The CCAC website has a number of videos on the “Articles and Resources” page to illustrate what CART is, http://www.ccacapioning.org. If you believe the cost of CART or captioning is too much, consider what the patient deserves, and consider doing no harm.
The ADA law applies to communication access, just as it applies to wheelchair access. There are ways to budget for CART (on site or remote delivery of full verbatim text), and for a 30 minute consultation, or even more, the cost is fully manageable. There is a “learning curve” to this. Afterwards, for an estimated five percent of the population who requires this for inclusion, you will both benefit from the quality of care delivered.
Below is a partial list of Hospitals and Medical Offices that offer CART:
Mass General Hospital, Boston, MA
CCAC ASKS YOU TO SEND US MORE INFO ON ANY HEALTH CENTER OFFERING CART: EMAIL TO CCACAPTIONING@GMAIL.COM, THANKS.
November 25, 2010 Comments Off on Captel phones needed in Canada
While some of us think RCC would be even better, we are lucky to have Captel in many states (automated speech to text via voice recognition). E.G.
Some in Canada advocating for CAPTEL phones now, and they deserve this! If you have friends in Canada, good neighbor to USA where Captel is in most states, shout out to them to do this survey onine there – it’s good for all of us (globally, and hearing plus not hearing).
(Wondering what RCC is? really verbatime and accurate and fast! for those of us who work quickly – real professionals doing the translation real time; it’s the best and we hope all make noise for thiss too). From the Canadian Association today:
Sign CHHA’s Petition Today!
Added on 07-05-2010
Over the past few months, an important issue has surfaced which needs immediate attention:
The Canadian Hard of Hearing Association is working hard to bring CapTel telephones to Canada. This telephone combines the convenience of a telephone with the text capabilities of the internet showing you the incoming caller’s words in text form in real time as captions on your CapTel telephone or over the internet. Your callers do not have to dial a special number to connect to the captioning service like they do with the TTY phone. They call your own number and the captions simply come up automatically on all calls incoming or outgoing. During your phone conversations text is displayed word-for-word in caption form of everything the caller says on the telephone’s built-in screen. A petition has been started to show support in bringing CapTel phones to Canada.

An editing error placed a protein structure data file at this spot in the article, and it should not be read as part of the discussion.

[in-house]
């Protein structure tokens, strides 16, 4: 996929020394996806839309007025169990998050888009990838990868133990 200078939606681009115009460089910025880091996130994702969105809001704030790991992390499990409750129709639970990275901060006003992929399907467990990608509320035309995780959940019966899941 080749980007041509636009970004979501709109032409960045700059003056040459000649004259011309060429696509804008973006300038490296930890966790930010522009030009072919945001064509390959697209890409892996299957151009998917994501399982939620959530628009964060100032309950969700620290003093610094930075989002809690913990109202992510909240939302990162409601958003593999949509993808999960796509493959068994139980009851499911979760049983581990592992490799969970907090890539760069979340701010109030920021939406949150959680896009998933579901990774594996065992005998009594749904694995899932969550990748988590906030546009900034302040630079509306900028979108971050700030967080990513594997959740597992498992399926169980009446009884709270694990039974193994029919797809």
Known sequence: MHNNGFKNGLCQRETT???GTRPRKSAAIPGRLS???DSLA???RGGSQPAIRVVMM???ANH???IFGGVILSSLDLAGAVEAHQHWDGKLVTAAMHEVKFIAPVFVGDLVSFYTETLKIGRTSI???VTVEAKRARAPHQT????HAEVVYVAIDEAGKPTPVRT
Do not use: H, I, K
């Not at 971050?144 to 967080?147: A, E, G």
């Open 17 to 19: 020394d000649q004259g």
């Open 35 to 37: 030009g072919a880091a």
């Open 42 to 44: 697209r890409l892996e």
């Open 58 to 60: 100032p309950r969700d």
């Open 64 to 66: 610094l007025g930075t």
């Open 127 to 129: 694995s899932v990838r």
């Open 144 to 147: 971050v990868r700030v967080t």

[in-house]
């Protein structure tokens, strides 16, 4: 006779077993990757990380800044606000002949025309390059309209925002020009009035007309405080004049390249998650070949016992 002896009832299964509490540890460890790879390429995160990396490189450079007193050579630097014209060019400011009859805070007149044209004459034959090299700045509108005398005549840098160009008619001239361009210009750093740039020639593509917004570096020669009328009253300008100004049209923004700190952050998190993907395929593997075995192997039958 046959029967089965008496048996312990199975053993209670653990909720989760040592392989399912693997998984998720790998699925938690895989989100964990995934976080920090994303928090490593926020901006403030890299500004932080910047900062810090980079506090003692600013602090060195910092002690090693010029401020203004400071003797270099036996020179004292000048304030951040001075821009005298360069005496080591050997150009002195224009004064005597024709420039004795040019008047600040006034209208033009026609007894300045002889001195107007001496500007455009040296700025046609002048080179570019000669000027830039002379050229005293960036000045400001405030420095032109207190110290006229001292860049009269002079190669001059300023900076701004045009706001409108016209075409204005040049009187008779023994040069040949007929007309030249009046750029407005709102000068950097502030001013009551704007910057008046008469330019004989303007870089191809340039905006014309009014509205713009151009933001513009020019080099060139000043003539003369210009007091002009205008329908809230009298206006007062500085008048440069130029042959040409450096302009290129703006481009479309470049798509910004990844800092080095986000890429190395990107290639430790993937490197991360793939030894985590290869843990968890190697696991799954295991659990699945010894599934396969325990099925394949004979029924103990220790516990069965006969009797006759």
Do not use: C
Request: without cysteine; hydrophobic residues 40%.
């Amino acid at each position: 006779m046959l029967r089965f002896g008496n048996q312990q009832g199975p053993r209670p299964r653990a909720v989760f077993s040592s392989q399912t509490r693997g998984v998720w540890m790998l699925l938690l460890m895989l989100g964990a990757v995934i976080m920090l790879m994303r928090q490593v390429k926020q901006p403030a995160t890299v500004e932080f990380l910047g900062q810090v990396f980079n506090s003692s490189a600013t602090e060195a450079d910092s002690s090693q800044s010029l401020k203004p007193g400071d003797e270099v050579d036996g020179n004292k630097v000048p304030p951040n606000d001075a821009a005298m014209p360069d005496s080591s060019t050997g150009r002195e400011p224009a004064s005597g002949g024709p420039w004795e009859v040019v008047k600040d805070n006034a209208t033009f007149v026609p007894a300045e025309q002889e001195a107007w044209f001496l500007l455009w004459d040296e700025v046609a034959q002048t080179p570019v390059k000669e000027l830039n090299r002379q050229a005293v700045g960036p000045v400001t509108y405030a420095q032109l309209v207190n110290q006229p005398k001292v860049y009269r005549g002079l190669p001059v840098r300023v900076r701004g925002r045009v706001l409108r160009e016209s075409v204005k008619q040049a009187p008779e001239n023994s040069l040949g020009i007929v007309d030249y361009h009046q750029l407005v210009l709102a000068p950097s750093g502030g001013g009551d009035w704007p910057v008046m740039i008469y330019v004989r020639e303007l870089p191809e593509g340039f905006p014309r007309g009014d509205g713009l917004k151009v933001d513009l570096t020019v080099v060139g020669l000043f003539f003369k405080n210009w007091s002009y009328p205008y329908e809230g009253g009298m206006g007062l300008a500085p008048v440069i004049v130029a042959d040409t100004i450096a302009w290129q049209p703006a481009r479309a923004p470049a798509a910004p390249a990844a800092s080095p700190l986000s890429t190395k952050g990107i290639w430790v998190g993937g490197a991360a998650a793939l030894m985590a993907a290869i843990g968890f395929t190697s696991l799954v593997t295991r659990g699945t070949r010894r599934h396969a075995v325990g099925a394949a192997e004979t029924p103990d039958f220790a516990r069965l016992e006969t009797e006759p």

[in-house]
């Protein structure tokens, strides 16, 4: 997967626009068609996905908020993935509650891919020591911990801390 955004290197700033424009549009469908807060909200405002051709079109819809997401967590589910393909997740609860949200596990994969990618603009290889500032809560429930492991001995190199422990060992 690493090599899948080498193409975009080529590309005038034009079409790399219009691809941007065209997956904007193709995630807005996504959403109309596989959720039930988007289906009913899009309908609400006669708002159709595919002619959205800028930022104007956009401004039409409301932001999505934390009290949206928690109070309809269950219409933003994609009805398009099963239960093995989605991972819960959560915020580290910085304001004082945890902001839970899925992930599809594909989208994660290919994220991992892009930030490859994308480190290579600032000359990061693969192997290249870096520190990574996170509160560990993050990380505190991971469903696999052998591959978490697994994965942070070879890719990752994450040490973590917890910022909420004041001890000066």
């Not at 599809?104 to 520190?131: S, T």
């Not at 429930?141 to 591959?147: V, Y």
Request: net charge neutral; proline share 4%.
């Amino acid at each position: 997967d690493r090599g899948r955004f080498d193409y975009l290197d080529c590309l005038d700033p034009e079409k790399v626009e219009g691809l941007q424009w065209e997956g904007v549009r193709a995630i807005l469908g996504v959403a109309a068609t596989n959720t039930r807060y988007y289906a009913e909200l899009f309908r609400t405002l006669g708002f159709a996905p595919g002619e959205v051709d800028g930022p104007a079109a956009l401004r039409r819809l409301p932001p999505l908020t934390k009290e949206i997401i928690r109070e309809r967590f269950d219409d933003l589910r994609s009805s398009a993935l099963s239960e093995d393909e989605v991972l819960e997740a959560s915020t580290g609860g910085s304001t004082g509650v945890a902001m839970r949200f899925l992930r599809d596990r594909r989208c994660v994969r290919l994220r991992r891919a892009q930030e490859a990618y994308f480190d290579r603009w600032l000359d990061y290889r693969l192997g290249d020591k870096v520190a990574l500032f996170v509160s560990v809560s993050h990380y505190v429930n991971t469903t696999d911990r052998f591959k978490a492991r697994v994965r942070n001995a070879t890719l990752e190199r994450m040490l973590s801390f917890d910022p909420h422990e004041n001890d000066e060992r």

Download this petition and return to the Canadian Hard of Hearing Association immediately to show your support for this type of technology.
If you are interested in obtaining multiple signatures for this petition, please contact the Canadian Hard of Hearing Association (firstname.lastname@example.org).
November 25, 2010 § 1 Comment
Public Comments – thank you WGBH from the CCAC:
Federal Communications Commission
Washington, D.C. 20554
In the Matter of )
Closed Captioning of Video ) CG Docket No. 05-231
Programming ) ET Docket No. 99-254
COMMENTS OF THE
WGBH NATIONAL CENTER FOR ACCESSIBLE MEDIA
November 24, 2010
Larry Goldberg and Marcia Brooks
WGBH National Center for Accessible Media
One Guest Street
Boston, MA 02135
The WGBH Educational Foundation’s National Center for Accessible
Media (NCAM) hereby submits comments on the Commission’s
Pleading Cycle to refresh the record in the proceeding noted above
concerning the Commission’s Closed Captioning Rules.
1. The FCC has asked for comment on whether the Commission
should establish quality standards for non-technical aspects of
closed captioning, including the accuracy of transcription, spelling,
grammar, punctuation and caption placement, what the adoption
of such standards would cost to programmers and distributors,
whether the captioning pool consists of an adequate number of
competent captioners to meet a non-technical quality standard
mandate, and whether different captioning quality standards
should apply to live and pre-recorded programming.
2. The FCC has asked for comment to refresh the record regarding
the need for mechanisms and procedures, over and above the
“pass through” rule, to prevent technical problems from occurring